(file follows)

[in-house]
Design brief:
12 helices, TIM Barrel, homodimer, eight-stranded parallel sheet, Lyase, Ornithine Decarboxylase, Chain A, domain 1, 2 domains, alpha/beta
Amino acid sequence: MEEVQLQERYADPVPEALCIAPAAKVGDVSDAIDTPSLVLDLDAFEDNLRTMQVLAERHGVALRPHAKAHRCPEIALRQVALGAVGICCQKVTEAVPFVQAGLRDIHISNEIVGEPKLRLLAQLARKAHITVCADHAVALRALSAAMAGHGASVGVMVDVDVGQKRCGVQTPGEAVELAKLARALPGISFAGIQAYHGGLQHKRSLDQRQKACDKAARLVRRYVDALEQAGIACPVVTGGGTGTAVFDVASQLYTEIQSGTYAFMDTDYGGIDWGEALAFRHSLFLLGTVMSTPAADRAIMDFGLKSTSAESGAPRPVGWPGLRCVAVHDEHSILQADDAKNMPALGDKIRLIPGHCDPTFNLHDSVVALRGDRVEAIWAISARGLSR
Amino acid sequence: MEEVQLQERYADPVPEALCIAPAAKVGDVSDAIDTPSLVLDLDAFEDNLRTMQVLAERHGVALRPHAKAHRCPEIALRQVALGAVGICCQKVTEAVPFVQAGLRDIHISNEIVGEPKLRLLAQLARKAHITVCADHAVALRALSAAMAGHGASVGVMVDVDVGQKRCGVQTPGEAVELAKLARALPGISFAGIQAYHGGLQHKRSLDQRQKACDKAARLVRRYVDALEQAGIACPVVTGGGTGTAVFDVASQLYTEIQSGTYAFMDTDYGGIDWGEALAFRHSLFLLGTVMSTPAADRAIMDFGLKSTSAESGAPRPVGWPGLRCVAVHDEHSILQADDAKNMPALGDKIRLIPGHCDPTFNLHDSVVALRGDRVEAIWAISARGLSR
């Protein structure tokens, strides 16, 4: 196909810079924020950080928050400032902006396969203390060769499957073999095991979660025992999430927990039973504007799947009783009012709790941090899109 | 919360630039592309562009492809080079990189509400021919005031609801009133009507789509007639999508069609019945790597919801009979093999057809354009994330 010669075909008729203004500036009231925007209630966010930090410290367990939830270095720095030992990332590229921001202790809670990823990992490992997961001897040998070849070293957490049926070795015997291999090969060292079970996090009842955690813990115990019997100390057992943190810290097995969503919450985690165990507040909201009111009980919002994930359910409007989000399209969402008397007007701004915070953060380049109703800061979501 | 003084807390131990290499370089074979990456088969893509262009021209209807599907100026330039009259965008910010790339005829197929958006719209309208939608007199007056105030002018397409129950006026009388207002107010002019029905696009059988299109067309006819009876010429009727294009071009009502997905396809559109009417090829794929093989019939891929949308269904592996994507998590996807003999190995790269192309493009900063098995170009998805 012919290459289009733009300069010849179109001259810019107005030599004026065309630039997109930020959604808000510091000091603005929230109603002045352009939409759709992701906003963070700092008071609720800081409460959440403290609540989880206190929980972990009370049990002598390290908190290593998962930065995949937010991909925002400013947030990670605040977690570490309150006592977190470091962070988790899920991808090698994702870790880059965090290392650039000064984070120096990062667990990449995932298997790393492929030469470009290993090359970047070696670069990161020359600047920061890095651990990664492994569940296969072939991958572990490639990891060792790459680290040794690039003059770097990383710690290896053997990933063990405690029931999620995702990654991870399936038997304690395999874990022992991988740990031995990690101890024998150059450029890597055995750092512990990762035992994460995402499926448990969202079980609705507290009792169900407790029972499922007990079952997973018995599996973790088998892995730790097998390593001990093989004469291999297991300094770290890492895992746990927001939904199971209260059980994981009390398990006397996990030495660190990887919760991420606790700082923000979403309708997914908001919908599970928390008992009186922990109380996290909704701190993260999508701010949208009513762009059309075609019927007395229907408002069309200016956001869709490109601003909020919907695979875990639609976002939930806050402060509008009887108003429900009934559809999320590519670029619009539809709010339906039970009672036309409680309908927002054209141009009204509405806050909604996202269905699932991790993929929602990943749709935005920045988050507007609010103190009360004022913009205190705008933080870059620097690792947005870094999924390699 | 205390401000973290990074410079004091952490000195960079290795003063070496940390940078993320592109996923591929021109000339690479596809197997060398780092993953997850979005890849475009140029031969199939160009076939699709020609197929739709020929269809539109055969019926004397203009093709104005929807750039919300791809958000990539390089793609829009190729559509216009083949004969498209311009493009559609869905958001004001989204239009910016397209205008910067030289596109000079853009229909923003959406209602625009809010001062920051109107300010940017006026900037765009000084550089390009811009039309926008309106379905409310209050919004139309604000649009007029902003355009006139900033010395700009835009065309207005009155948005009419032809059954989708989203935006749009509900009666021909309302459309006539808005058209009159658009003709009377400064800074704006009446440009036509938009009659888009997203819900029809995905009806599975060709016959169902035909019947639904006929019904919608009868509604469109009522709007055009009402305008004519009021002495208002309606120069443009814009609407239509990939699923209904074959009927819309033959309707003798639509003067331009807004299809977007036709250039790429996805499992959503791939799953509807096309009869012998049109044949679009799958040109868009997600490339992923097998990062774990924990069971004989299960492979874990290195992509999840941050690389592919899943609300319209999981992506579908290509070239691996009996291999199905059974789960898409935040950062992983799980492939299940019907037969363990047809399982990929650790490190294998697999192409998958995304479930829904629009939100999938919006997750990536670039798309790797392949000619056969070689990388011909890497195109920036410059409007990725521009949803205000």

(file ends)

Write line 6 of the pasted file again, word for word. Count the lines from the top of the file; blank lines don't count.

């Protein structure tokens, strides 16, 4: 196909810079924020950080928050400032902006396969203390060769499957073999095991979660025992999430927990039973504007799947009783009012709790941090899109 | 919360630039592309562009492809080079990189509400021919005031609801009133009507789509007639999508069609019945790597919801009979093999057809354009994330 010669075909008729203004500036009231925007209630966010930090410290367990939830270095720095030992990332590229921001202790809670990823990992490992997961001897040998070849070293957490049926070795015997291999090969060292079970996090009842955690813990115990019997100390057992943190810290097995969503919450985690165990507040909201009111009980919002994930359910409007989000399209969402008397007007701004915070953060380049109703800061979501 | 003084807390131990290499370089074979990456088969893509262009021209209807599907100026330039009259965008910010790339005829197929958006719209309208939608007199007056105030002018397409129950006026009388207002107010002019029905696009059988299109067309006819009876010429009727294009071009009502997905396809559109009417090829794929093989019939891929949308269904592996994507998590996807003999190995790269192309493009900063098995170009998805 012919290459289009733009300069010849179109001259810019107005030599004026065309630039997109930020959604808000510091000091603005929230109603002045352009939409759709992701906003963070700092008071609720800081409460959440403290609540989880206190929980972990009370049990002598390290908190290593998962930065995949937010991909925002400013947030990670605040977690570490309150006592977190470091962070988790899920991808090698994702870790880059965090290392650039000064984070120096990062667990990449995932298997790393492929030469470009290993090359970047070696670069990161020359600047920061890095651990990664492994569940296969072939991958572990490639990891060792790459680290040794690039003059770097990383710690290896053997990933063990405690029931999620995702990654991870399936038997304690395999874990022992991988740990031995990690101890024998150059450029890597055995750092512990990762035992994460995402499926448990969202079980609705507290009792169900407790029972499922007990079952997973018995599996973790088998892995730790097998390593001990093989004469291999297991300094770290890492895992746990927001939904199971209260059980994981009390398990006397996990030495660190990887919760991420606790700082923000979403309708997914908001919908599970928390008992009186922990109380996290909704701190993260999508701010949208009513762009059309075609019927007395229907408002069309200016956001869709490109601003909020919907695979875990639609976002939930806050402060509008009887108003429900009934559809999320590519670029619009539809709010339906039970009672036309409680309908927002054209141009009204509405806050909604996202269905699932991790993929929602990943749709935005920045988050507007609010103190009360004022913009205190705008933080870059620097690792947005870094999924390699 | 205390401000973290990074410079004091952490000195960079290795003063070496940390940078993320592109996923591929021109000339690479596809197997060398780092993953997850979005890849475009140029031969199939160009076939699709020609197929739709020929269809539109055969019926004397203009093709104005929807750039919300791809958000990539390089793609829009190729559509216009083949004969498209311009493009559609869905958001004001989204239009910016397209205008910067030289596109000079853009229909923003959406209602625009809010001062920051109107300010940017006026900037765009000084550089390009811009039309926008309106379905409310209050919004139309604000649009007029902003355009006139900033010395700009835009065309207005009155948005009419032809059954989708989203935006749009509900009666021909309302459309006539808005058209009159658009003709009377400064800074704006009446440009036509938009009659888009997203819900029809995905009806599975060709016959169902035909019947639904006929019904919608009868509604469109009522709007055009009402305008004519009021002495208002309606120069443009814009609407239509990939699923209904074959009927819309033959309707003798639509003067331009807004299809977007036709250039790429996805499992959503791939799953509807096309009869012998049109044949679009799958040109868009997600490339992923097998990062774990924990069971004989299960492979874990290195992509999840941050690389592919899943609300319209999981992506579908290509070239691996009996291999199905059974789960898409935040950062992983799980492939299940019907037969363990047809399982990929650790490190294998697999192409998958995304479930829904629009939100999938919006997750990536670039798309790797392949000619056969070689990388011909890497195109920036410059409007990725521009949803205000």